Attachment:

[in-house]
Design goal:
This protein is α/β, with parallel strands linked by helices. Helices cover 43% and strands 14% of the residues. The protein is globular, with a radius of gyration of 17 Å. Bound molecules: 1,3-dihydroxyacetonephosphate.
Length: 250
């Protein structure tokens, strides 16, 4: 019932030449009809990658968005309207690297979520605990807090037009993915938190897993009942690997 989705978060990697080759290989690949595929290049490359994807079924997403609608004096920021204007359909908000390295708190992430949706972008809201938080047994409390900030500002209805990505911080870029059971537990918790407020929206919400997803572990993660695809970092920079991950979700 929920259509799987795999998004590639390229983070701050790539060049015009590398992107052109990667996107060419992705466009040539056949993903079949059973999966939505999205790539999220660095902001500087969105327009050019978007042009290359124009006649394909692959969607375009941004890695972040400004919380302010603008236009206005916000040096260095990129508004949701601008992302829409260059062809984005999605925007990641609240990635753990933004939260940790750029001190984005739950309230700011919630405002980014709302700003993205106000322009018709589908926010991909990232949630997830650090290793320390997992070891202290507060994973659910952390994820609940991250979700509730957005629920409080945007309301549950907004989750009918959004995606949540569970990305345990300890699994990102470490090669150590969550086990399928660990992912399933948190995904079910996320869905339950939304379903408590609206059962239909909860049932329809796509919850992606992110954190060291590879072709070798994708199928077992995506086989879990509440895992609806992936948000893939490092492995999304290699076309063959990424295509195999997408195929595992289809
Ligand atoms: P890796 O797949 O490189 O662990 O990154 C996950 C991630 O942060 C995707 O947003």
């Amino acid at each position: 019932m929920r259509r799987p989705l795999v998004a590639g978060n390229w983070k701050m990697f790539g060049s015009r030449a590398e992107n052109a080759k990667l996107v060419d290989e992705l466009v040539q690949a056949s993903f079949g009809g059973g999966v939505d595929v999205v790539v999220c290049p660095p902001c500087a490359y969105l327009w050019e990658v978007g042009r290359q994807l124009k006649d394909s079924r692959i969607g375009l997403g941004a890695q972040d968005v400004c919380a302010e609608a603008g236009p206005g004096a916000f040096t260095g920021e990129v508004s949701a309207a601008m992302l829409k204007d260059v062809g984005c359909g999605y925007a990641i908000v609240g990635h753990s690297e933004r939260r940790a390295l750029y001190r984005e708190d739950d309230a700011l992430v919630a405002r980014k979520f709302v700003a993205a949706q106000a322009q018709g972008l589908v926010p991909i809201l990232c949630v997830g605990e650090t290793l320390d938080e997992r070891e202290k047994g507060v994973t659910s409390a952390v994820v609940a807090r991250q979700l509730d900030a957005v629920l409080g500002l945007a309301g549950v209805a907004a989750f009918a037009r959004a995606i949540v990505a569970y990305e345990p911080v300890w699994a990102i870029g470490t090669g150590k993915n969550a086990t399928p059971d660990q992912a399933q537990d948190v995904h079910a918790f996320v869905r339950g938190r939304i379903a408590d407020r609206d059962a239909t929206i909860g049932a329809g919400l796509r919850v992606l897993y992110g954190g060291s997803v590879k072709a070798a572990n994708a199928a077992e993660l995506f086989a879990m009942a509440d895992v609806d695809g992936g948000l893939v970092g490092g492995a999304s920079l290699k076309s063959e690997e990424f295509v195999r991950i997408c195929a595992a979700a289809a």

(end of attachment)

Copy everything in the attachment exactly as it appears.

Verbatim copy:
[in-house]
Design goal:
This protein is α/β, with parallel strands linked by helices. Helices cover 43% and strands 14% of the residues. The protein is globular, with a radius of gyration of 17 Å. Bound molecules: 1,3-dihydroxyacetonephosphate.
Length: 250
């Protein structure tokens, strides 16, 4: 019932030449009809990658968005309207690297979520605990807090037009993915938190897993009942690997 989705978060990697080759290989690949595929290049490359994807079924997403609608004096920021204007359909908000390295708190992430949706972008809201938080047994409390900030500002209805990505911080870029059971537990918790407020929206919400997803572990993660695809970092920079991950979700 929920259509799987795999998004590639390229983070701050790539060049015009590398992107052109990667996107060419992705466009040539056949993903079949059973999966939505999205790539999220660095902001500087969105327009050019978007042009290359124009006649394909692959969607375009941004890695972040400004919380302010603008236009206005916000040096260095990129508004949701601008992302829409260059062809984005999605925007990641609240990635753990933004939260940790750029001190984005739950309230700011919630405002980014709302700003993205106000322009018709589908926010991909990232949630997830650090290793320390997992070891202290507060994973659910952390994820609940991250979700509730957005629920409080945007309301549950907004989750009918959004995606949540569970990305345990300890699994990102470490090669150590969550086990399928660990992912399933948190995904079910996320869905339950939304379903408590609206059962239909909860049932329809796509919850992606992110954190060291590879072709070798994708199928077992995506086989879990509440895992609806992936948000893939490092492995999304290699076309063959990424295509195999997408195929595992289809
Ligand atoms: P890796 O797949 O490189 O662990 O990154 C996950 C991630 O942060 C995707 O947003």
């Amino acid at each position: 019932m929920r259509r799987p989705l795999v998004a590639g978060n390229w983070k701050m990697f790539g060049s015009r030449a590398e992107n052109a080759k990667l996107v060419d290989e992705l466009v040539q690949a056949s993903f079949g009809g059973g999966v939505d595929v999205v790539v999220c290049p660095p902001c500087a490359y969105l327009w050019e990658v978007g042009r290359q994807l124009k006649d394909s079924r692959i969607g375009l997403g941004a890695q972040d968005v400004c919380a302010e609608a603008g236009p206005g004096a916000f040096t260095g920021e990129v508004s949701a309207a601008m992302l829409k204007d260059v062809g984005c359909g999605y925007a990641i908000v609240g990635h753990s690297e933004r939260r940790a390295l750029y001190r984005e708190d739950d309230a700011l992430v919630a405002r980014k979520f709302v700003a993205a949706q106000a322009q018709g972008l589908v926010p991909i809201l990232c949630v997830g605990e650090t290793l320390d938080e997992r070891e202290k047994g507060v994973t659910s409390a952390v994820v609940a807090r991250q979700l509730d900030a957005v629920l409080g500002l945007a309301g549950v209805a907004a989750f009918a037009r959004a995606i949540v990505a569970y990305e345990p911080v300890w699994a990102i870029g470490t090669g150590k993915n969550a086990t399928p059971d660990q992912a399933q537990d948190v995904h079910a918790f996320v869905r339950g938190r939304i379903a408590d407020r609206d059962a239909t929206i909860g049932a329809g919400l796509r919850v992606l897993y992110g954190g060291s997803v590879k072709a070798a572990n994708a199928a077992e993660l995506f086989a879990m009942a509440d895992v609806d695809g992936g948000l893939v970092g490092g492995a999304s920079l290699k076309s063959e690997e990424f295509v195999r991950i997408c195929a595992a979700a289809a």